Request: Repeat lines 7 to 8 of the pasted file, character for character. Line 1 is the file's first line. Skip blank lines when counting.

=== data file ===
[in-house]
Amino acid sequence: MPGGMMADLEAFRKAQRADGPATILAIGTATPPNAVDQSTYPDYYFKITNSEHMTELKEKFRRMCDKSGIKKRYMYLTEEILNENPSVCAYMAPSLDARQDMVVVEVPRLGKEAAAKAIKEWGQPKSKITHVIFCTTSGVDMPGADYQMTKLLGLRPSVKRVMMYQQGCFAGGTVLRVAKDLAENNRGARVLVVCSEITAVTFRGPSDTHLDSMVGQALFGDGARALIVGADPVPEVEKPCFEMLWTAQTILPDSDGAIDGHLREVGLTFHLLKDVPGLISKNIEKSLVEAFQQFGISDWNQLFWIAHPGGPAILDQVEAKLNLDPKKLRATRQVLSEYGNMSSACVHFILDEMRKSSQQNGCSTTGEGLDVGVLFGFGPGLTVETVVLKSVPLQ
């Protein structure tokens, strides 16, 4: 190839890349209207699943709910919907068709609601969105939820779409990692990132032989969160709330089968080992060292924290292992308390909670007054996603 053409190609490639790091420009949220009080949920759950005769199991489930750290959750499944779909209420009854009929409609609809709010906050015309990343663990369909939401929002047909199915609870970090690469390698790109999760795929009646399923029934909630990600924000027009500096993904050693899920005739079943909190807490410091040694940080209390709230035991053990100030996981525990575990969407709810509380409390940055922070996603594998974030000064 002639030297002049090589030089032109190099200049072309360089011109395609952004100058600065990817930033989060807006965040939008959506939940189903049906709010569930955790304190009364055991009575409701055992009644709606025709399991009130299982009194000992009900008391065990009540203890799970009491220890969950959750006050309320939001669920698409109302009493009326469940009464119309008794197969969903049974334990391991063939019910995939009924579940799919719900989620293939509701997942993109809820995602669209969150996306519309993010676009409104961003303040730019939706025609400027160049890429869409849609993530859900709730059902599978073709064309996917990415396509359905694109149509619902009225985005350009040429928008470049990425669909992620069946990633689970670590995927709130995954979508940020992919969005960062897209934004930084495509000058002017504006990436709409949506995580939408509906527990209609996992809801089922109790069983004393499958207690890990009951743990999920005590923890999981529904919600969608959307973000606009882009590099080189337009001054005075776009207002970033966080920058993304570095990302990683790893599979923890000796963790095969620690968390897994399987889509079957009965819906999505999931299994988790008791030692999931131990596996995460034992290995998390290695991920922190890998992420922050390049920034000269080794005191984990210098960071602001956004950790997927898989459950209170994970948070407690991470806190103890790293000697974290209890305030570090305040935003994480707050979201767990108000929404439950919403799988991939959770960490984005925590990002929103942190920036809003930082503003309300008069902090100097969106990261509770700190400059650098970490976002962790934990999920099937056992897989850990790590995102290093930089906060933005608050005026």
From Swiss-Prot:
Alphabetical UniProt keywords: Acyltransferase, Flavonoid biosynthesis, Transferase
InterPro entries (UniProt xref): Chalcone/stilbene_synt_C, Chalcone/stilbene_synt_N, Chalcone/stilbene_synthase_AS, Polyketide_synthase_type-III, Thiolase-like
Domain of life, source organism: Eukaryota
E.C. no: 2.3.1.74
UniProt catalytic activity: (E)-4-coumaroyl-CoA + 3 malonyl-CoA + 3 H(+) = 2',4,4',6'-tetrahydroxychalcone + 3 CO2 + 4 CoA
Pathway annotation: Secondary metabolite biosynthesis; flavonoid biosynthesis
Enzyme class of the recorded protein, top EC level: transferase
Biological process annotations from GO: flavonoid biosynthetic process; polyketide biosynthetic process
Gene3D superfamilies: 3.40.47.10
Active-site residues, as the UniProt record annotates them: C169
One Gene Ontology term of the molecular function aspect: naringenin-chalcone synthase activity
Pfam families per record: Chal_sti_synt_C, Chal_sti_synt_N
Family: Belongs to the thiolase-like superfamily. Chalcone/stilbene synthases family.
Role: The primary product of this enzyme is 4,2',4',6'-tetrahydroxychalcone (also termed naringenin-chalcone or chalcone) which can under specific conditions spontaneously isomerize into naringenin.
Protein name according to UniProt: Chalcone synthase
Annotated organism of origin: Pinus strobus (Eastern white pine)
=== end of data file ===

Domain of life, source organism: Eukaryota
E.C. no: 2.3.1.74